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Gulf revival begins

Gulf revival begins

The first trial plots have been established in an ambitious project to revive the Hauraki Gulf.

Seven tonnes of green-lipped mussels were deposited off eastern Waiheke Island in the past week and checks by divers have confirmed their successful positioning on bare seafloor.

Hauraki Gulf Forum Chairman John Tregidga, re-elected for a third term yesterday, made the announcement saying that the possibility of moving into a new phase of active restoration of the Hauraki Gulf is exciting.

“Our State of the Gulf reports show long term decline in many environmental indicators and we need innovation and ambition in both practical measures and policy setting to turn things around,” he said.

The Revive our Gulf project aims to restore mussel beds that once covered much of the inner Hauraki Gulf and Firth of Thames. They were extensively dredged between 1910 and 1960 and damaged and denuded areas did not recover, being replaced by barren muds.

‘Revive our Gulf’ was initiated after the Hauraki Gulf Forum’s annual seminar in 2012; a collective of scientists, planners, recreational fishers, environmentalists, educators and business leaders who have formed a charitable trust.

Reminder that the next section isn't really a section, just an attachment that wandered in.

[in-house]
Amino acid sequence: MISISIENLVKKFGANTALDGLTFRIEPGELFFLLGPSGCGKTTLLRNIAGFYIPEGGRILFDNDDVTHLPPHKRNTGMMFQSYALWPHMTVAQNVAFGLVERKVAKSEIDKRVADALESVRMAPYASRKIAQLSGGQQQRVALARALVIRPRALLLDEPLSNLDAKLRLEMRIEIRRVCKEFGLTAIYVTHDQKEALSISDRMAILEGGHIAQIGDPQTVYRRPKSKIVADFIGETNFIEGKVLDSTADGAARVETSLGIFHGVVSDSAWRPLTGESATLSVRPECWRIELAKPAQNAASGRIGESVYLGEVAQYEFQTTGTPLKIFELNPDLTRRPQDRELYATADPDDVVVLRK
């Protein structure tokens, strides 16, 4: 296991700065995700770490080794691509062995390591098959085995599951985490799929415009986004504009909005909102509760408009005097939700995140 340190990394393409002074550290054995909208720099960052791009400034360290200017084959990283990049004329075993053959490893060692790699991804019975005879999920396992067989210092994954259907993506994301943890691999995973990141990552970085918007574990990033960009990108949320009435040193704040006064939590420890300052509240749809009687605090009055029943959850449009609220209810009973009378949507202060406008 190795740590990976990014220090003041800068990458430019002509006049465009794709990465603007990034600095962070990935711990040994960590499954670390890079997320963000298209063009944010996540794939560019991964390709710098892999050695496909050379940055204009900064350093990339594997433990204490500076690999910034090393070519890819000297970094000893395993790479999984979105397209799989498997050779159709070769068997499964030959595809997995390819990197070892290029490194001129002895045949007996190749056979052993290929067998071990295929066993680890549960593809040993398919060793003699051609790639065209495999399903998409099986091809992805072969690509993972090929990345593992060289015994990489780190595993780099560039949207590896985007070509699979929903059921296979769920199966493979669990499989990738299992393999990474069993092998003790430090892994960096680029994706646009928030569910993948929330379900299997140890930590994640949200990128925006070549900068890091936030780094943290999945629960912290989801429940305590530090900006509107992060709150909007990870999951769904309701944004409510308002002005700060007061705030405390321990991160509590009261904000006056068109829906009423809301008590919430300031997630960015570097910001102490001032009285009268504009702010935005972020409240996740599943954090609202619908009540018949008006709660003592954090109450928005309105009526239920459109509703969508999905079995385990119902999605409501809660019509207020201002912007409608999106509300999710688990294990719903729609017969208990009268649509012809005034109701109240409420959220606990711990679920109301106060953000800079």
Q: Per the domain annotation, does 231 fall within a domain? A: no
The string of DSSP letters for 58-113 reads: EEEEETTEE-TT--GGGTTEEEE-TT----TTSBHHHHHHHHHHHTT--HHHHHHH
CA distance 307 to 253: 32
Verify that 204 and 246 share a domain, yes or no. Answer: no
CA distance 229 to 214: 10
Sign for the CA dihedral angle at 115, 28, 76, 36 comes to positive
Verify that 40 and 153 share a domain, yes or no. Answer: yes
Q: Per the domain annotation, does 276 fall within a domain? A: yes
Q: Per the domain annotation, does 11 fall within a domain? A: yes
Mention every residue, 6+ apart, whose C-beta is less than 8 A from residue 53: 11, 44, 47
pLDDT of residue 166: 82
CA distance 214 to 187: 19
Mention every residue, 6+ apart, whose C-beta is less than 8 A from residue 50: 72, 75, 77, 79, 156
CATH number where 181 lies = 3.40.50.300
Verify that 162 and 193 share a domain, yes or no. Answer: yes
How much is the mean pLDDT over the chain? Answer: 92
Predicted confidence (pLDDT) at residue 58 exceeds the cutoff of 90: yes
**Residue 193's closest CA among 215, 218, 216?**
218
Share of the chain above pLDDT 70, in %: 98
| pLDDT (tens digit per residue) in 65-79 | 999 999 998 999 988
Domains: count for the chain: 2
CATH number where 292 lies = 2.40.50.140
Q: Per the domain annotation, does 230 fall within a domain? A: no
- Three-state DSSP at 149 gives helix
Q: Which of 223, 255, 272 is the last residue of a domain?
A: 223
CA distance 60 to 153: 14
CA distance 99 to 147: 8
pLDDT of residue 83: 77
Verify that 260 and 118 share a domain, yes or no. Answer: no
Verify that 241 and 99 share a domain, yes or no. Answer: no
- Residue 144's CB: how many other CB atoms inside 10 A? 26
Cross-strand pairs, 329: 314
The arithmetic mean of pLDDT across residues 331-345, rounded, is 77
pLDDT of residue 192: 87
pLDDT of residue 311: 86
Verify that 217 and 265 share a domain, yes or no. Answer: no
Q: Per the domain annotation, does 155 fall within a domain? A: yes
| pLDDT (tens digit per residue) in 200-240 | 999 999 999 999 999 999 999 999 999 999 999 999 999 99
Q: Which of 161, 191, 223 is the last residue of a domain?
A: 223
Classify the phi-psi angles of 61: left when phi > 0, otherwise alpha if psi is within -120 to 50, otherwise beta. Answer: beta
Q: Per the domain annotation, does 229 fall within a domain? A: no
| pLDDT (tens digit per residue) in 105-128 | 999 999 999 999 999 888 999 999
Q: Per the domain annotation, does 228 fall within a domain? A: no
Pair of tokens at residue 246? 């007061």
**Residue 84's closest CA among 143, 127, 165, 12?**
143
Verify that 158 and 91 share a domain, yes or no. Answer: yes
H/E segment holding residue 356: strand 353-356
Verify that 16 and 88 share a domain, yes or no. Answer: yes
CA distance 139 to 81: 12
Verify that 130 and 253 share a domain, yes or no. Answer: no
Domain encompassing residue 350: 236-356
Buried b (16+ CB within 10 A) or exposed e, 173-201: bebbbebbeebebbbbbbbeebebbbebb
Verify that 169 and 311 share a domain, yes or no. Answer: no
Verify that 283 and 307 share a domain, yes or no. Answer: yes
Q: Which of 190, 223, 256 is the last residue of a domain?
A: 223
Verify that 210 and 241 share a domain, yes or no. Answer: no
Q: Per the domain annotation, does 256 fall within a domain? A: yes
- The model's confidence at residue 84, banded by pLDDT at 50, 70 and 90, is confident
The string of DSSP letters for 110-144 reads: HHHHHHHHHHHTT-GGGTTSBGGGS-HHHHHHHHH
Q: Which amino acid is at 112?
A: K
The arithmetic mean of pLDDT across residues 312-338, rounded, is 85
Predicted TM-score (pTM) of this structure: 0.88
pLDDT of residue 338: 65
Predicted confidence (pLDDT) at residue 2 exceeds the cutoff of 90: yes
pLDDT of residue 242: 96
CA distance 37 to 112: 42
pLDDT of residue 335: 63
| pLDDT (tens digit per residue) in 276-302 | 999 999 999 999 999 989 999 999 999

“The first drop of mussels is an important milestone,” says Revive our Gulf Chair John Laurence. “We have been working closely with the mussel industry and were able to move quickly last week to respond to a situation where surplus mussels were offered by North Island Mussels Ltd.”

The group has also partnered with the University of Auckland so that two students will study trial plots for their doctorate work. The project’s research director Shane Kelly said the mussels were dropped by mussel barge and form seven, dense, “living room” size trial plots within an embayment. “We will be looking to see if these beds attract spat and smaller mussels to form sustaining reefs.”

He said the project will focus its efforts “one bay at a time”, adding additional plots as funds and mussels become available and looking to identify factors for successful revival.

The project is also sharing its plans and findings with iwi, who are interested and supportive of the work. Liane Ngamane, elected as deputy chair of the Hauraki Gulf Forum yesterday, said new opportunities were emerging for enhancement and partnerships as iwi completed their treaty settlement processes in the region.

The mussel reefs of the Gulf once filtered its waters on a daily basis and boosted fish numbers and associated life at least ten-fold. “Having a sense of past abundance and diversity is essential if we are setting goals for the future,” says John Tregidga. “The project symbolises the can do attitude and creative thinking needed to prepare the Sea Change marine spatial plan for the Gulf.”


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